Answer to "What are formats for mentoring?"
Topic Editor: Lianne Loosveld
A number of mentoring formats can be distinguished; traditional one-on-one mentoring, team/group mentoring and peer mentoring (Johnson, 2007). A benefit of having a one-on-one relationship with a mentee is the development of trust, relational connections and mutuality that are crucial for good mentoring. These are more difficult to develop in a group format. Team (group or cohort) mentoring is a nice addition to individual mentoring in the sense that it can offer students also a feeling of peer support, modelling, professional identity though team-membership, a bigger network and interactions with people with different interest, expertise, orientations and perspectives. In peer (or lateral) mentoring, which can be both formal and informal, usually novice and more experienced students are paired into dyads. Peer mentoring helps to introduce incoming students to institutions by giving insight, information and advice, normalising transition-related anxieties, being able to give emotional support and being a role model. As with staff mentors, it is advised to offer peer mentors some form of support like initial orientation training or continuing mentoring education.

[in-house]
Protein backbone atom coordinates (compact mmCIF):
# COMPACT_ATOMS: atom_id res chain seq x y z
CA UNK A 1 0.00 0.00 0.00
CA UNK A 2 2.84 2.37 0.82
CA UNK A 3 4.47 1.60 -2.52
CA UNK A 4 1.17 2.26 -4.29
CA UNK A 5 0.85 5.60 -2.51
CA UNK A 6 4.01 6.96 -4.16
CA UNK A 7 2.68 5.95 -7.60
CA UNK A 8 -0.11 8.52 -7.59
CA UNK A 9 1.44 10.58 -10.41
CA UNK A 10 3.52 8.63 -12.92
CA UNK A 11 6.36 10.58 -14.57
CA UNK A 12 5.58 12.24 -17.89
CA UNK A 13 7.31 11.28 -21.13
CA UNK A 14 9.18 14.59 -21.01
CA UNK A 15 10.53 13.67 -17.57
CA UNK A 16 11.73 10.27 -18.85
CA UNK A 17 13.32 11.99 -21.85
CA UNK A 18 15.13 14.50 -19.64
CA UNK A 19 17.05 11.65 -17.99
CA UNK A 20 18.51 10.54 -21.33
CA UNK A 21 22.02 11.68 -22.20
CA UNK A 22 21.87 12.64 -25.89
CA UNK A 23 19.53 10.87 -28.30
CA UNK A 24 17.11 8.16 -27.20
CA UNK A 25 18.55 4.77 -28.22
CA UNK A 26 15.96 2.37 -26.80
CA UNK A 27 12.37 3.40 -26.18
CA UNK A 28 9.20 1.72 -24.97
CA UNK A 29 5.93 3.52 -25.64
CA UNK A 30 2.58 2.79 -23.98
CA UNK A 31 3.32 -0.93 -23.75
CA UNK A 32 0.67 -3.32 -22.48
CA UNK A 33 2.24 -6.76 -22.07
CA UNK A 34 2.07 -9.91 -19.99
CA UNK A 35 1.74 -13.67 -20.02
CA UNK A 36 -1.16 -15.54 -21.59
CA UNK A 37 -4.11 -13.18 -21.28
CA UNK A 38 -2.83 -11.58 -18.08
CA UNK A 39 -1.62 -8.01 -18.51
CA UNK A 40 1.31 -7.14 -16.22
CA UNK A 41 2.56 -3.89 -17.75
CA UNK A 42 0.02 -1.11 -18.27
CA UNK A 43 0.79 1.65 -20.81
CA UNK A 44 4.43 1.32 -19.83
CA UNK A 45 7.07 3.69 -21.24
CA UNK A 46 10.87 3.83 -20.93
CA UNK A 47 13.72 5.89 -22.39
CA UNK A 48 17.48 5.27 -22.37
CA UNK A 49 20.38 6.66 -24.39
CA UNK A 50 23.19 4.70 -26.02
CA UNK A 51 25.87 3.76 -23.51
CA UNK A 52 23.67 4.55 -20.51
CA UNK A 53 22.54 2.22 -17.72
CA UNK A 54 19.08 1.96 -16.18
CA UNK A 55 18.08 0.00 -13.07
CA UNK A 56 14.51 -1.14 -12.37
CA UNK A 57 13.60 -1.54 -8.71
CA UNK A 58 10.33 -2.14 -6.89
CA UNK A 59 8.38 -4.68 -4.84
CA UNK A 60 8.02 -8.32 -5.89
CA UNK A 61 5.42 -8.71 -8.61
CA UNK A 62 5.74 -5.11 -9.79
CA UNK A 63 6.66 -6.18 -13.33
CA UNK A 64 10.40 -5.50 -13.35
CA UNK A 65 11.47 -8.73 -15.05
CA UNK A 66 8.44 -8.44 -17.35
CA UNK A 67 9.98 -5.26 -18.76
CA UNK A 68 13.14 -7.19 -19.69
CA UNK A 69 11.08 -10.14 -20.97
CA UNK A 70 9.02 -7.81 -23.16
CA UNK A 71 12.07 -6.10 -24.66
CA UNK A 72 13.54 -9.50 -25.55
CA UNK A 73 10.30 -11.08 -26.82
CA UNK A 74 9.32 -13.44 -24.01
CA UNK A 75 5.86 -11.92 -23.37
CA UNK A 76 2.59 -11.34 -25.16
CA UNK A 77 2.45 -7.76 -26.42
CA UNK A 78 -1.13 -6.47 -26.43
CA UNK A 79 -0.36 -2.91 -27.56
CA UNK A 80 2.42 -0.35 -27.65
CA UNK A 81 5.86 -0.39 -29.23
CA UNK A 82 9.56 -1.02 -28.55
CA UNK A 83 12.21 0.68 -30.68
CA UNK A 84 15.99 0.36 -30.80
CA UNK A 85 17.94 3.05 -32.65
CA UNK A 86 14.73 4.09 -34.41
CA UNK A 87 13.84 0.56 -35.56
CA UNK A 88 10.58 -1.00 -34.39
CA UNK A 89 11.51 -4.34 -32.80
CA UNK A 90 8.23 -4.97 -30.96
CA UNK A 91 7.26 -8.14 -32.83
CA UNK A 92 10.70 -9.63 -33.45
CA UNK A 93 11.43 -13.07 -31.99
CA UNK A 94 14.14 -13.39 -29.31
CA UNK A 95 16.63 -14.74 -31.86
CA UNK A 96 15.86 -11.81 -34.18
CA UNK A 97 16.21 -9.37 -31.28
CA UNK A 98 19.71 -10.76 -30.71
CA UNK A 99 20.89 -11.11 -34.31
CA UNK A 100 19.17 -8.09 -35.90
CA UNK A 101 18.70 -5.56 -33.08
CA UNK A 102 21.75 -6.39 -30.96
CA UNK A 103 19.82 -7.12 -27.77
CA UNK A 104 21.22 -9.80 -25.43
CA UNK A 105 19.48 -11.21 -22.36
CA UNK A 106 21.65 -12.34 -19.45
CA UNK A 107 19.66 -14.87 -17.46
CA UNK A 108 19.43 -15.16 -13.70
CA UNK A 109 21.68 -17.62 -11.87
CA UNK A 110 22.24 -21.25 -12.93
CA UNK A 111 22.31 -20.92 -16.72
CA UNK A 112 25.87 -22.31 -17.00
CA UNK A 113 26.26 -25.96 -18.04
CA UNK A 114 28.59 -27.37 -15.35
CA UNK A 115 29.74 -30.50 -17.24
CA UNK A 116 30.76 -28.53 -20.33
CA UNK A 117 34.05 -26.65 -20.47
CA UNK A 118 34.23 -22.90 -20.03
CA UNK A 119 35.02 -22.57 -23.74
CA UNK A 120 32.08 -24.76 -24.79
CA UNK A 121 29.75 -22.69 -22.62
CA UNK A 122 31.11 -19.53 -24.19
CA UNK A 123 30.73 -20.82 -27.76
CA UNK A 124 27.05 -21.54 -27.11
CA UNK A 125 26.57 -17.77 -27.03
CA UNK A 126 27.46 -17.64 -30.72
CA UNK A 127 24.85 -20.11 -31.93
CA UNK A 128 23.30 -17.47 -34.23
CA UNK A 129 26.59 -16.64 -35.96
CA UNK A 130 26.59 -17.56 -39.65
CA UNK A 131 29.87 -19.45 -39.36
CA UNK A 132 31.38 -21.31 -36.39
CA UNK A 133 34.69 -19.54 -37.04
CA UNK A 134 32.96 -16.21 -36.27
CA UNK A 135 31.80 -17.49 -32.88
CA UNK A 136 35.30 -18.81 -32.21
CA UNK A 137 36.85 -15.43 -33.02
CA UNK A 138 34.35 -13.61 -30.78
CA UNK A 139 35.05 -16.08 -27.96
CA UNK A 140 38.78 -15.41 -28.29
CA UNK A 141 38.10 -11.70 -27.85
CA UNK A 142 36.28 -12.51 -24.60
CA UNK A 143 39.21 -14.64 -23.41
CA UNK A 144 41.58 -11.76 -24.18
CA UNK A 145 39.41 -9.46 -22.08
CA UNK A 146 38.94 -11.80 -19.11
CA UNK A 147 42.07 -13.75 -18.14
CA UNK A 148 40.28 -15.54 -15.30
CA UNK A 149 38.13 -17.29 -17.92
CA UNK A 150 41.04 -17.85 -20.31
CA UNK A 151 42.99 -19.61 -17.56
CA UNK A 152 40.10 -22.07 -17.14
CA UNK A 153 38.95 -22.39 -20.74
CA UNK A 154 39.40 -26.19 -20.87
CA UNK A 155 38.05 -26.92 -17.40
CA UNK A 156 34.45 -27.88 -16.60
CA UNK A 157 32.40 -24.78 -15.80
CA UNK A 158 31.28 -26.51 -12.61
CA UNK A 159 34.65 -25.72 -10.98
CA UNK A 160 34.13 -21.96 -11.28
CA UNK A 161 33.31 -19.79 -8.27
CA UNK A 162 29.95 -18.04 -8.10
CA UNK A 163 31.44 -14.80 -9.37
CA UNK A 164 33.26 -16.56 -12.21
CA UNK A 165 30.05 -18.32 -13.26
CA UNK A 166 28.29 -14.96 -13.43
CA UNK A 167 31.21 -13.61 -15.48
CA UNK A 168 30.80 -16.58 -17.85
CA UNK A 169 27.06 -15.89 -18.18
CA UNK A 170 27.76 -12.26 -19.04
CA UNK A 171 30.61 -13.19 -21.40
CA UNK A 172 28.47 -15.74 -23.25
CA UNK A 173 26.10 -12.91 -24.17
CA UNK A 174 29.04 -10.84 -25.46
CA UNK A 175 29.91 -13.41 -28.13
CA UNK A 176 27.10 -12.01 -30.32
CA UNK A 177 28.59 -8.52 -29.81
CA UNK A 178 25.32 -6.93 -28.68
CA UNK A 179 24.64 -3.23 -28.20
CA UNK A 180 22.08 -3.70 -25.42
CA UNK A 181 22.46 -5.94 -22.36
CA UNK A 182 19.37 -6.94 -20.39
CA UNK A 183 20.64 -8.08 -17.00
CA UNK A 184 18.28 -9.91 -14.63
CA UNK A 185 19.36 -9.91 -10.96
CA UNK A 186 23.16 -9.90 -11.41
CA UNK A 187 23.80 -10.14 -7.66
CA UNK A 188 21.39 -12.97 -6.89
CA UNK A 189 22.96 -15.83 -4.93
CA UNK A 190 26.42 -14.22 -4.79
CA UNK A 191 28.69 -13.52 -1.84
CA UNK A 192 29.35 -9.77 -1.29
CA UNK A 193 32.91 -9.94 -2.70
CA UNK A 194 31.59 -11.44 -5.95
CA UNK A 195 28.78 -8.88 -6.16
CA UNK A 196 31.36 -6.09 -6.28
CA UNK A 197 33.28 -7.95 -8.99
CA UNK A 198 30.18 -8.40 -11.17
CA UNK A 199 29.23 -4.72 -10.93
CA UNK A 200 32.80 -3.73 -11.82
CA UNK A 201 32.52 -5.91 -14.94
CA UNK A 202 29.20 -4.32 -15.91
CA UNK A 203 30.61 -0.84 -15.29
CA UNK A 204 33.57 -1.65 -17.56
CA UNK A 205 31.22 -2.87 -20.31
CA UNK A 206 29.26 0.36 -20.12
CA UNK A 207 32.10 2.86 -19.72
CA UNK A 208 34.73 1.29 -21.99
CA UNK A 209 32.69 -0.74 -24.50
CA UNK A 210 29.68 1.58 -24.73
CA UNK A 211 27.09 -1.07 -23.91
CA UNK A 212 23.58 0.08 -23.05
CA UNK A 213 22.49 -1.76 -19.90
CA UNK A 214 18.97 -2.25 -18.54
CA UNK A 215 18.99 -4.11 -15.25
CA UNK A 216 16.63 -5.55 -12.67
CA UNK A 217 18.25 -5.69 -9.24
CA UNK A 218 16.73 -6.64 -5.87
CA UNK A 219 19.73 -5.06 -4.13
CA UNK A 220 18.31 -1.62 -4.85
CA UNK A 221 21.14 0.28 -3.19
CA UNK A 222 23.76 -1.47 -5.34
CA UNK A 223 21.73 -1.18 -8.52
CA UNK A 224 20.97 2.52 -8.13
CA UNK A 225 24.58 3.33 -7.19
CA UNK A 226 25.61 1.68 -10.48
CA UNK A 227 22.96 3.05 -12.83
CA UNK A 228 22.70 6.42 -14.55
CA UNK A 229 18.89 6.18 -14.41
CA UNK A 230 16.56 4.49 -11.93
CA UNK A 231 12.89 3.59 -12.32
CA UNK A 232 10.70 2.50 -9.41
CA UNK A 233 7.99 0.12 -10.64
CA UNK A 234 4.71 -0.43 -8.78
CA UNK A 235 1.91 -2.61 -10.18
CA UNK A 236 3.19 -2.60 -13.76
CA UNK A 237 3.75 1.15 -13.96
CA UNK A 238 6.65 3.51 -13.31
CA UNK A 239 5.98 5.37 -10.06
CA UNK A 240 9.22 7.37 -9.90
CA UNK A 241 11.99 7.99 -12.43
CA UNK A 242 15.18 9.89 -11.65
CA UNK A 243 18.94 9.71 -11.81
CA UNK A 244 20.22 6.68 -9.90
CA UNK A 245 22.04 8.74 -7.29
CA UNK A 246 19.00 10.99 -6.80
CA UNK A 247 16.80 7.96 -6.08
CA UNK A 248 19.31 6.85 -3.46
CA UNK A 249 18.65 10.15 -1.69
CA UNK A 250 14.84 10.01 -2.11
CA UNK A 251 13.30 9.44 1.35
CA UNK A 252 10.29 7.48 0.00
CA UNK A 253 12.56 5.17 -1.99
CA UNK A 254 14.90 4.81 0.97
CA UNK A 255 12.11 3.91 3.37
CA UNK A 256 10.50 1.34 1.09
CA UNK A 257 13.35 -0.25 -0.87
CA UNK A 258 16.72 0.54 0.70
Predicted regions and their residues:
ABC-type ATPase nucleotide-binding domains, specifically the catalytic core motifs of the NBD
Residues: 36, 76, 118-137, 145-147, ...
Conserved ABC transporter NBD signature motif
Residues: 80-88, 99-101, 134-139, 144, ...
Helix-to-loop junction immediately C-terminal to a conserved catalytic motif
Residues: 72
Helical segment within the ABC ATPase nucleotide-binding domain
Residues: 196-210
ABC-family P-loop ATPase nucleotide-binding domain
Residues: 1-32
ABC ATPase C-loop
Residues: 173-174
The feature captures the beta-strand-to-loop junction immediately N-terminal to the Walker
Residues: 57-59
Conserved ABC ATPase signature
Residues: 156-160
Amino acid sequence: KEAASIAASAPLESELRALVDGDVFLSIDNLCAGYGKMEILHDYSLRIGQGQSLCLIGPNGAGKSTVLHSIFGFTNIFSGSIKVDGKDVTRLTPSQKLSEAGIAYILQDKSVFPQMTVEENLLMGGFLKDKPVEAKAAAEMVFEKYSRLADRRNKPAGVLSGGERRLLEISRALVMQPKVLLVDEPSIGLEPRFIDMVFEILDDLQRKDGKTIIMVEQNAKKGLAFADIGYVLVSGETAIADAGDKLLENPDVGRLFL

Johnson W (2007). On Being a Mentor: A Guide for Higher Education Faculty: Lawrence Erlbaum Associates.